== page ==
Insight

  • Insight for 18 March 2012 ( 26′ 10″ )

    Lois Williams investigates efforts to preserve the water and wildlife in Northland's Wairua River.

Norhtland waterGroups worried about the state of New Zealand's rivers  are planning to set up a national network of Environmental River Patrols at a meeting in Wellington next weekend.

Insight investigates one of the drivers behind the move, the efforts to improve the health of a major Northland river, the Wairua.

 

 

(The meeting to set up the Environment River Patrol Aotearoa is being held in the Wellington Town Hall on Saturday 24th starting at 11a.m)

Coming Up on Insight

8:12 am Sunday 1 March: Maori Wards - Partnership or Separatism?

DSCKaumatua Rangikotuku Rukuwai (centre) blesses Hugh Johnson (left) and New Plymouth Mayor Andrew Judd following the handover of the petition. (Photo RNZ/Robin Martin)

When New Plymouth Mayor Andrew Judd pushed through an initiative for the city to introduce a designated seat for Maori at next year's local body elections he opened a veritable Pandora's Box.

Although some Maori celebrated on the night, opposition emerged just as quickly.

One councillor, John McLeod, quit on the spot and the then president of Greypower New Plymouth, Hugh Johnson, started a petition to force a binding referendum on the issue.

Radio New Zealand's Taranaki reporter, Robin Martin, has been talking to some of those affected by the decision and others who have decided to wade into the debate.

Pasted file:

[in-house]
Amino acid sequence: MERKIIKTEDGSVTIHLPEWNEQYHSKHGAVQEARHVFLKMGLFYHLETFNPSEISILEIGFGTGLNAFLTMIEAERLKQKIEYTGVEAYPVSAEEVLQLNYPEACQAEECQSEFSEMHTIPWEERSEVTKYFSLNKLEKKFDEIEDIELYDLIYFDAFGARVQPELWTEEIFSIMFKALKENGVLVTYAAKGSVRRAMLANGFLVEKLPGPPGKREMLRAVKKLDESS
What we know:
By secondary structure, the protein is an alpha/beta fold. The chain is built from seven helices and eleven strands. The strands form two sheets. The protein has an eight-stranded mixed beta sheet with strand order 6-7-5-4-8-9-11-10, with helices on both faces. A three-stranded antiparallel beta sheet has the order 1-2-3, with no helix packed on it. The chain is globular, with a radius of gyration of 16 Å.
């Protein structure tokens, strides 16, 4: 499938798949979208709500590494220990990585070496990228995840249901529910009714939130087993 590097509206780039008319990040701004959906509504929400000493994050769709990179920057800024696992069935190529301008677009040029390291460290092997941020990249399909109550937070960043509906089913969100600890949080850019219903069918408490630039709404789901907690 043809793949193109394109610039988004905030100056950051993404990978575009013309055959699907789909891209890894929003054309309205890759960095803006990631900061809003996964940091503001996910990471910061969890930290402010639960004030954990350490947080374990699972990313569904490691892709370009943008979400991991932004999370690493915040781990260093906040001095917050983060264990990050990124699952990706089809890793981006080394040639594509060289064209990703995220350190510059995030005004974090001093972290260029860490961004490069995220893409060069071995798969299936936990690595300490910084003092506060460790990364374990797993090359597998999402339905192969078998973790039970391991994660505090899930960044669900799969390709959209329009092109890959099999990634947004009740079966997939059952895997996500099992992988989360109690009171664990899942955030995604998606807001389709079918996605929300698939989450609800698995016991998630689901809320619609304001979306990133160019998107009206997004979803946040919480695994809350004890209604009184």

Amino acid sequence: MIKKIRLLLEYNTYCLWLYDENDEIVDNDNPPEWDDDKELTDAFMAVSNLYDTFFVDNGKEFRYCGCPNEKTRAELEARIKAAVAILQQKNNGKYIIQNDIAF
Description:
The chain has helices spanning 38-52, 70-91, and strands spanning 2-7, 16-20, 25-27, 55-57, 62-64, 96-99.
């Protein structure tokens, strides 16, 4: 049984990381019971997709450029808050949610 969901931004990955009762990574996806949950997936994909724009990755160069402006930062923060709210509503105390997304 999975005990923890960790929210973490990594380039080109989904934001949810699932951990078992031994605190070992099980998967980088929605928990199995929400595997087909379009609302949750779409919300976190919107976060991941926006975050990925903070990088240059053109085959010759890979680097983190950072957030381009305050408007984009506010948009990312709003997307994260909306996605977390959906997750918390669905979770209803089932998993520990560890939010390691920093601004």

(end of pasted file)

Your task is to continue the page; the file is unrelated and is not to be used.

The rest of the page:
He looks at the implications of the Maori ward initiative and what it says about Maori representation in New Zealand 175 years after the signing of the Treaty of Waitangi.

8:12 am Sunday 8 March: Blurred Frontlines - The Changing Nature of Journalism

Mariupol UklraineKim Vinnell reporting during a shoot out in Mairupol, Ukraine (Photo:Kim Vinnell)

The images of Western journalists clad in orange jumpsuits being murdered by fighters claiming a holy war are difficult for the public to ignore. But for journalists, and especially those working in the Middle East, it means much more.

Being a war correspondent used to involve watching the front lines, and making calculations on risk versus reward. Now, the Middle East is fracturing before our eyes, and power vacuums are quickly filled with armed groups who are much harder to predict than armies.

Having covered conflicts both up close and from afar, reporter Kim Vinnell takes a look at how groups like Islamic State are changing the game for journalists.